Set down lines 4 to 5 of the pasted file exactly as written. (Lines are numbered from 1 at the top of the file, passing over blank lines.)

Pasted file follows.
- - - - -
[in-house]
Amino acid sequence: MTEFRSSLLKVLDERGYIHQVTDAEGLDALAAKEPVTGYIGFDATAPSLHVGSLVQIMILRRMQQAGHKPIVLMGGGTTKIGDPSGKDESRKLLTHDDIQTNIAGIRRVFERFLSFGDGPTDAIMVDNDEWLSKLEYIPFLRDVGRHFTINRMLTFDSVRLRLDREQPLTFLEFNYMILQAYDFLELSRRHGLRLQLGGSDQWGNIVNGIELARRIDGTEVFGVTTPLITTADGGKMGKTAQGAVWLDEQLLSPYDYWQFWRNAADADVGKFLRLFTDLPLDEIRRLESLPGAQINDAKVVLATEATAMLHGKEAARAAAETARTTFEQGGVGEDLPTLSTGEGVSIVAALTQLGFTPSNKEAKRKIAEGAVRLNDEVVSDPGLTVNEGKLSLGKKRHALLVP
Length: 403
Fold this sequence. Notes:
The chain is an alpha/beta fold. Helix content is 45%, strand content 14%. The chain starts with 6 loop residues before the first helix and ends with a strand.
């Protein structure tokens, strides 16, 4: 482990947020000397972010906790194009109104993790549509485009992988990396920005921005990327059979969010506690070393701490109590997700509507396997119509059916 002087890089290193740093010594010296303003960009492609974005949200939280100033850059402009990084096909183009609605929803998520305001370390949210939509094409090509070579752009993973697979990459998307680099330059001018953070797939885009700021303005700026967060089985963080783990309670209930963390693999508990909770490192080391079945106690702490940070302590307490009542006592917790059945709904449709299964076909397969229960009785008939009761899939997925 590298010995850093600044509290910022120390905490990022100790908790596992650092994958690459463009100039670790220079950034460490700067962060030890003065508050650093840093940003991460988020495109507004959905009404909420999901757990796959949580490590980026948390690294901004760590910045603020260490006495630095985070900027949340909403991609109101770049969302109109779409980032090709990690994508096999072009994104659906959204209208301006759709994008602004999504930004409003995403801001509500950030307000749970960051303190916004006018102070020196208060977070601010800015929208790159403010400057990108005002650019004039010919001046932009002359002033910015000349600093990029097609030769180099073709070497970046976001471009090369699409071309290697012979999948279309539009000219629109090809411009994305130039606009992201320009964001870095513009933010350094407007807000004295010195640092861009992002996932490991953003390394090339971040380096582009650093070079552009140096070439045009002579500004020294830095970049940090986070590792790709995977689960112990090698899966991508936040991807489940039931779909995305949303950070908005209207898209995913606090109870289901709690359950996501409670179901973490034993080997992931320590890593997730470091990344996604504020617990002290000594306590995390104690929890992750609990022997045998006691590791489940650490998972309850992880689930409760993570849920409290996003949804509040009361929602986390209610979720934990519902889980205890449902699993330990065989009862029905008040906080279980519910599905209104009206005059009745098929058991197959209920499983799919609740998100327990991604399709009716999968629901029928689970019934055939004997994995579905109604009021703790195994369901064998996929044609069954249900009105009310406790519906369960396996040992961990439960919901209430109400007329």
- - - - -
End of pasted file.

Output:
Fold this sequence. Notes:
The chain is an alpha/beta fold. Helix content is 45%, strand content 14%. The chain starts with 6 loop residues before the first helix and ends with a strand.